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Dingo (1991)


On a hot day in Poona Flat, Western Australia, in 1969, legendary American jazz trumpeter Billy Cross (Miles Davis) plays an impromptu concert on the tarmac after his plane makes an unscheduled stop. John Anderson (Daniel Scott), aged nine, decides on the spot to become a trumpet player. Twenty years later, John (Colin Friels) has developed a unique style based on the sounds of the Australian bush, particularly the dingo, but he’s still in Poona Flat. He makes a living as a dogger (a man who traps and shoots dingoes) and dreams of going to Paris to play with Billy Cross. He has kept in touch with his idol, sending letters and tapes of his music. Approaching his 30th birthday, and without telling his wife Jane (Helen Buday), Anderson flies to Paris. He wants to know if he’s good enough. Billy Cross is now an ailing recluse, but he and his French wife (Bernadette Lafont) take him in. John makes his solo debut at a famous club and Billy comes out of retirement to join him on stage. John returns to Poona Flat, in time for his ‘surprise’ birthday party.

Curator’s notes

Dingo is an extremely eccentric illustration of a perennial movie theme: that one must follow one’s dreams. It started life as a script by Marc Rosenberg in which an Australian bushman with a love of all things American went to the US. After Crocodile Dundee came out with a similar plot trajectory, the character became an Australian drummer who went to France. Further scripting turned him into a trumpeter, and eventually Miles Davis agreed to play the part of the musician who inspires 'Dingo’ Anderson. Davis suggested that he and French composer Michel Legrand write the music together. Colin Friels took trumpet lessons so that he could look convincing as a player, but American session trumpeter Chuck Finley played his music.

By the time shooting began in outback Meekatharra, WA(Western Australia), the film had become a French-Australian co-production, with a French cameraman (Denis Lenoir) and an American jazz legend who had a reputation for being difficult, working in extreme heat a long way from conventional comforts. ‘I was wary of the potential problems right from the start’, Rolf de Heer said in 1991. ‘I realised casting Miles would either make or break the film, both financially and artistically … He turned out to be a wonderfully instinctive actor. When he wasn’t in the moment as his character he forgot the dialogue … this made it impossible for him to be bad. Most of the time he was 'in the moment’ and very good. He was extraordinary, wonderful to work with. Like any actor not always easy but much, much easier than we expected.’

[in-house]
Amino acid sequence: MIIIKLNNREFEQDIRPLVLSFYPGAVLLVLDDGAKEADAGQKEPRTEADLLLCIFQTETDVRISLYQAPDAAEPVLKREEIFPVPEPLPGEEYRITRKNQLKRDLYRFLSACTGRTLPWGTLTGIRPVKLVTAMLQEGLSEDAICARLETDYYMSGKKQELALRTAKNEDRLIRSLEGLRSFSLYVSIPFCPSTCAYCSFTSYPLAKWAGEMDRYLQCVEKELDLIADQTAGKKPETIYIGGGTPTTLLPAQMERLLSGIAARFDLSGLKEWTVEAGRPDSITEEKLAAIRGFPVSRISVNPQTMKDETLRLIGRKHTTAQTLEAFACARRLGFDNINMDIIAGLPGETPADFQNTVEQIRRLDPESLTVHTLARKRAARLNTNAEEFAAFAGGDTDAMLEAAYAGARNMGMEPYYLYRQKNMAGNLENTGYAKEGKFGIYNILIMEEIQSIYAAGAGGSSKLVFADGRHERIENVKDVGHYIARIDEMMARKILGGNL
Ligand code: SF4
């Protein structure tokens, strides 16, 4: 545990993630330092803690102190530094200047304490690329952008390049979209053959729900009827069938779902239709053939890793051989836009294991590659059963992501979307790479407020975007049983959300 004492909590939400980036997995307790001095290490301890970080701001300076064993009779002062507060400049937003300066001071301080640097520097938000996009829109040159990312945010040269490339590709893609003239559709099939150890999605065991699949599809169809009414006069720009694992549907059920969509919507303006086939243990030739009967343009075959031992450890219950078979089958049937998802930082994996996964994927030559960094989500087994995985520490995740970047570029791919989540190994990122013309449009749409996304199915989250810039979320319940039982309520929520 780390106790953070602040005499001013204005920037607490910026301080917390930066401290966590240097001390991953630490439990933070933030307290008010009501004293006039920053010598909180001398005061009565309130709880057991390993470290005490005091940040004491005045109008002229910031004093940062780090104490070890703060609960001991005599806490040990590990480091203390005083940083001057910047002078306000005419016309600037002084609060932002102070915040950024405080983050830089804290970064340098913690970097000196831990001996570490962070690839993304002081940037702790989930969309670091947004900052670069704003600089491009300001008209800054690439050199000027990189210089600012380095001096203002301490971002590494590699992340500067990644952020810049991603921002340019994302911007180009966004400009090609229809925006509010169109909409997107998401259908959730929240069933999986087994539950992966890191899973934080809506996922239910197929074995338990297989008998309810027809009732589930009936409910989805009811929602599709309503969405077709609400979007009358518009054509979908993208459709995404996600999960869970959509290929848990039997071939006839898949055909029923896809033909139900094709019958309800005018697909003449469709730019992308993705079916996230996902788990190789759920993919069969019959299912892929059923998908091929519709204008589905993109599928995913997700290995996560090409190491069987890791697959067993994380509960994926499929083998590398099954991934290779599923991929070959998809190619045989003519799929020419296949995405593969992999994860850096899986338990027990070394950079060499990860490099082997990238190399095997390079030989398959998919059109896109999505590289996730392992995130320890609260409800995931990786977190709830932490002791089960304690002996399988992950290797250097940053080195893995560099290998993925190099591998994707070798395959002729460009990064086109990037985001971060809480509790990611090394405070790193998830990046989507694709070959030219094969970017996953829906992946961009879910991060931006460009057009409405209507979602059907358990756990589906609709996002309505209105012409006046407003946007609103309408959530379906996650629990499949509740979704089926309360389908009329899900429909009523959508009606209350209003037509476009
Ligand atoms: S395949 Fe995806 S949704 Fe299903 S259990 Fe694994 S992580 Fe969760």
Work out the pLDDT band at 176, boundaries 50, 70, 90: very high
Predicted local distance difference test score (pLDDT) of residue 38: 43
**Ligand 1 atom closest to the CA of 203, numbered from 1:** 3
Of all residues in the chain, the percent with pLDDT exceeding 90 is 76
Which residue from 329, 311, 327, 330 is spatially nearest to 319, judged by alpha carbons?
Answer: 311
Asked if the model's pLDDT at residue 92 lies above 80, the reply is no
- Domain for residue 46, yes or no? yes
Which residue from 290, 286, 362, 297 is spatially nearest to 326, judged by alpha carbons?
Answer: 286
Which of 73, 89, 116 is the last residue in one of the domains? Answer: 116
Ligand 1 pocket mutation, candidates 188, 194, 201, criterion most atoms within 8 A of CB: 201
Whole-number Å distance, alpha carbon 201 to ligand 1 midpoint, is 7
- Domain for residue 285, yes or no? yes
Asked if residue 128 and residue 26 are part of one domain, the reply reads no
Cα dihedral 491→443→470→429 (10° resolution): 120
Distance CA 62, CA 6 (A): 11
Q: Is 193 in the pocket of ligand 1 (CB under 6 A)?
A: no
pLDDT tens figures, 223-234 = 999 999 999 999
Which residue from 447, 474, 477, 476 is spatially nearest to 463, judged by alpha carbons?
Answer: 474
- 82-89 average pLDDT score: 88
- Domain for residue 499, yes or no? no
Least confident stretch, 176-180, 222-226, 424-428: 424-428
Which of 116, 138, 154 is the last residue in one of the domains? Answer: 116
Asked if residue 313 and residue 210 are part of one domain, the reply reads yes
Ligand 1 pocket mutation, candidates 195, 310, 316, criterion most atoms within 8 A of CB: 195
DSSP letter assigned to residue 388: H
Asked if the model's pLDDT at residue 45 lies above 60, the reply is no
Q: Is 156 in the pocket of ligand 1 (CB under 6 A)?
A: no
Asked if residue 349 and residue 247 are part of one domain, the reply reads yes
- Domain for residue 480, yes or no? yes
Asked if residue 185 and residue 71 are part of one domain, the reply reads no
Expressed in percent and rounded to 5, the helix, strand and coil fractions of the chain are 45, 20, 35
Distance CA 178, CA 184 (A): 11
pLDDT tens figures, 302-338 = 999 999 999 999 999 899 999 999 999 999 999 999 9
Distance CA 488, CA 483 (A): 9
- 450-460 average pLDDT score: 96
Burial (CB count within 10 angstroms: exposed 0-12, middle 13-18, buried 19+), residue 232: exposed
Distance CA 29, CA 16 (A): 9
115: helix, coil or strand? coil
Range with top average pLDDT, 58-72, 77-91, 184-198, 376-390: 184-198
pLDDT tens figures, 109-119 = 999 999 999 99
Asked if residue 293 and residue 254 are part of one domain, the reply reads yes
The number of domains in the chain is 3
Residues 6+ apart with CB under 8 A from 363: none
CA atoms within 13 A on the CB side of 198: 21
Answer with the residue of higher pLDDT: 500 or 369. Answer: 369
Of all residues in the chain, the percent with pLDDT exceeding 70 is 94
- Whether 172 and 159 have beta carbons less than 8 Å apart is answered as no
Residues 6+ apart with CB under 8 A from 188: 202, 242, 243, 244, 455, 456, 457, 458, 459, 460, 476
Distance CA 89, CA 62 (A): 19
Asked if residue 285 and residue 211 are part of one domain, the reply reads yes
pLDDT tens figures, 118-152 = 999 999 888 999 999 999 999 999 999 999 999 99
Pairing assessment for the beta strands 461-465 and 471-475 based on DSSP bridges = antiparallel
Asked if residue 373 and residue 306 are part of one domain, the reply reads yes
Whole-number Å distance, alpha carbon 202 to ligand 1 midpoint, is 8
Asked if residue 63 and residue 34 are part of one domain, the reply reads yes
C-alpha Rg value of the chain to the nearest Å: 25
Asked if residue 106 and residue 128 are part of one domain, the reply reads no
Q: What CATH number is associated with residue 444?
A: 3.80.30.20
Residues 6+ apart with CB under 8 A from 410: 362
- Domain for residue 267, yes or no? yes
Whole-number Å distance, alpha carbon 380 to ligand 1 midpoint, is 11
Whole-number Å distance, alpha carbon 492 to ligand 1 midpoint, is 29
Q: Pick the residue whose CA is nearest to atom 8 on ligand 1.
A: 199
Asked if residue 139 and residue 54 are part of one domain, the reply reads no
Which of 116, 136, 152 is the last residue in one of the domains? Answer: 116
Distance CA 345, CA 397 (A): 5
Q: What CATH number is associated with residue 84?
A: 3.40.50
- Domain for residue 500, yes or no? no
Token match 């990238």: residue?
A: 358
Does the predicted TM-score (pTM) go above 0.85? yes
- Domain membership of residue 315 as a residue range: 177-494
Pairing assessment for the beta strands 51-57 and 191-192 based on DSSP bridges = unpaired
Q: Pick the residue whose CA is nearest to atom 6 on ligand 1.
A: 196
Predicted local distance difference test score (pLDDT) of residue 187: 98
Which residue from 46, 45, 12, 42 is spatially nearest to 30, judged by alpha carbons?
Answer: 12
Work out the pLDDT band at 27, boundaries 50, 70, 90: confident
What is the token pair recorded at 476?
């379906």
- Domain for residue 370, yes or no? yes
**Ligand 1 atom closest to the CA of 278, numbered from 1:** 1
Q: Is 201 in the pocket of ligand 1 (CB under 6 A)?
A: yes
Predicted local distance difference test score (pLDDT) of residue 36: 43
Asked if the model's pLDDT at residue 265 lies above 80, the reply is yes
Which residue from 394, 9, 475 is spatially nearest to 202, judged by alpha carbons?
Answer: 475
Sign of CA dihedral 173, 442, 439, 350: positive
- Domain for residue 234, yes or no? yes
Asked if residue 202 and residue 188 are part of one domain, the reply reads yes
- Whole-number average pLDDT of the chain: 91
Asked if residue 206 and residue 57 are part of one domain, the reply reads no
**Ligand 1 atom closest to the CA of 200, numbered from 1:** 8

Film music is usually composed after shooting has been done; in this case, it had to be recorded beforehand, so that performances could be filmed to match the tracks. One of the initial difficulties, encountered on the first day of shooting with Miles Davis (the concert on the runway – clip one) was that he tended to play a different interpretation of the music with each take, rather than sticking to the notes already recorded. ‘We rehearsed and rehearsed and time and again Miles would find himself playing an improvised counter-melody against the original trumpet line. It was beautiful but unusable. Those first few hours with Miles and the whole attendant circus were the most despairing hours of filming I’ve ever done. Then gradually, Miles learnt this new discipline, this new way of playing, and slowly the weight started to lift’.

For jazz fans, the idea of an outback trumpeter who can become good enough playing alone to jam with the best in the business was outlandish, but the film works hard to establish some sense of reality. John ‘Dingo’ Anderson’s practising alone in the desert is not as outlandish as it might seem. Bernie McGann, one of the best saxophone players in Australia, is said to have developed his sound through long hours of playing solo in the Royal National Park, south of Sydney, when he worked as a postman at Bundeena.

The box office for Dingo, which was not a low-budget film (it cost $5.6 million in 1991), was disappointing, but the film has had a long life on video and DVD, and the soundtrack is still popular. It’s a very likeable film, partly because of its eccentric story and casting. In terms of Rolf de Heer’s career, it is a turning point, almost the last time he has worked on someone else’s original script. His next film was the seminal Bad Boy Bubby (also included on this website).